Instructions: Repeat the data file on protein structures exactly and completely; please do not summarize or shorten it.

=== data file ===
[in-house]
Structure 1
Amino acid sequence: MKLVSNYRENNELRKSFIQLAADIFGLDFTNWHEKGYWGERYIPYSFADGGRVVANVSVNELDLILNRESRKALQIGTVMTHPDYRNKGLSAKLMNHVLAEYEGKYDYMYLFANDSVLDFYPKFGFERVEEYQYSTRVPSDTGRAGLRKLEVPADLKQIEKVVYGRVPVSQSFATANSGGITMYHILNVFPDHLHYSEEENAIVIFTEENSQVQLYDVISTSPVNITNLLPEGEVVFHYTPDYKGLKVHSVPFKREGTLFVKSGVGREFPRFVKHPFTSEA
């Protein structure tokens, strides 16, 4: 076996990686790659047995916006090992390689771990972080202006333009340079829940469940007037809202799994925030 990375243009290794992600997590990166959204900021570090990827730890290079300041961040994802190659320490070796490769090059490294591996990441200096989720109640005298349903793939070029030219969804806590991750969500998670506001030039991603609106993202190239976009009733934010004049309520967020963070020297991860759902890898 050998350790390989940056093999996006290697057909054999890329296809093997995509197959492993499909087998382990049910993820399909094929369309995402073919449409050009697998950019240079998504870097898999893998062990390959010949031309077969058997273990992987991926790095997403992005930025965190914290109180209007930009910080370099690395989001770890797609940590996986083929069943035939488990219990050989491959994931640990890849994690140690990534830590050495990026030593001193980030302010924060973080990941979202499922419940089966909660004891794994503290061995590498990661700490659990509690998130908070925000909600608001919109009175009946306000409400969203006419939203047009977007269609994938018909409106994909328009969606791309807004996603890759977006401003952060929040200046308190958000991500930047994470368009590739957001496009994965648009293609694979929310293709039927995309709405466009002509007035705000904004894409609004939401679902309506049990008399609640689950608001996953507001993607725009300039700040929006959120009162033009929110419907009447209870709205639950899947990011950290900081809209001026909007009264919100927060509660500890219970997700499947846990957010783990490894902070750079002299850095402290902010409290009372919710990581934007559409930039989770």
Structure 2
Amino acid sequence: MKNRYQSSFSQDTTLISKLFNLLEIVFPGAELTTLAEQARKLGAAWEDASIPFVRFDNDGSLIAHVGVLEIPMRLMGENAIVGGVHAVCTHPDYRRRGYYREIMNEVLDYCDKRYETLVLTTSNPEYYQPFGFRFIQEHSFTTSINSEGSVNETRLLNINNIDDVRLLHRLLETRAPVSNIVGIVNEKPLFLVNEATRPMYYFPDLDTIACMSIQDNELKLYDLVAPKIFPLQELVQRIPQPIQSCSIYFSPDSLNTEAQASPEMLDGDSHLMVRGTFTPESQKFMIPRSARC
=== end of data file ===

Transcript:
[in-house]
Structure 1
Amino acid sequence: MKLVSNYRENNELRKSFIQLAADIFGLDFTNWHEKGYWGERYIPYSFADGGRVVANVSVNELDLILNRESRKALQIGTVMTHPDYRNKGLSAKLMNHVLAEYEGKYDYMYLFANDSVLDFYPKFGFERVEEYQYSTRVPSDTGRAGLRKLEVPADLKQIEKVVYGRVPVSQSFATANSGGITMYHILNVFPDHLHYSEEENAIVIFTEENSQVQLYDVISTSPVNITNLLPEGEVVFHYTPDYKGLKVHSVPFKREGTLFVKSGVGREFPRFVKHPFTSEA
């Protein structure tokens, strides 16, 4: 076996990686790659047995916006090992390689771990972080202006333009340079829940469940007037809202799994925030 990375243009290794992600997590990166959204900021570090990827730890290079300041961040994802190659320490070796490769090059490294591996990441200096989720109640005298349903793939070029030219969804806590991750969500998670506001030039991603609106993202190239976009009733934010004049309520967020963070020297991860759902890898 050998350790390989940056093999996006290697057909054999890329296809093997995509197959492993499909087998382990049910993820399909094929369309995402073919449409050009697998950019240079998504870097898999893998062990390959010949031309077969058997273990992987991926790095997403992005930025965190914290109180209007930009910080370099690395989001770890797609940590996986083929069943035939488990219990050989491959994931640990890849994690140690990534830590050495990026030593001193980030302010924060973080990941979202499922419940089966909660004891794994503290061995590498990661700490659990509690998130908070925000909600608001919109009175009946306000409400969203006419939203047009977007269609994938018909409106994909328009969606791309807004996603890759977006401003952060929040200046308190958000991500930047994470368009590739957001496009994965648009293609694979929310293709039927995309709405466009002509007035705000904004894409609004939401679902309506049990008399609640689950608001996953507001993607725009300039700040929006959120009162033009929110419907009447209870709205639950899947990011950290900081809209001026909007009264919100927060509660500890219970997700499947846990957010783990490894902070750079002299850095402290902010409290009372919710990581934007559409930039989770």
Structure 2
Amino acid sequence: MKNRYQSSFSQDTTLISKLFNLLEIVFPGAELTTLAEQARKLGAAWEDASIPFVRFDNDGSLIAHVGVLEIPMRLMGENAIVGGVHAVCTHPDYRRRGYYREIMNEVLDYCDKRYETLVLTTSNPEYYQPFGFRFIQEHSFTTSINSEGSVNETRLLNINNIDDVRLLHRLLETRAPVSNIVGIVNEKPLFLVNEATRPMYYFPDLDTIACMSIQDNELKLYDLVAPKIFPLQELVQRIPQPIQSCSIYFSPDSLNTEAQASPEMLDGDSHLMVRGTFTPESQKFMIPRSARC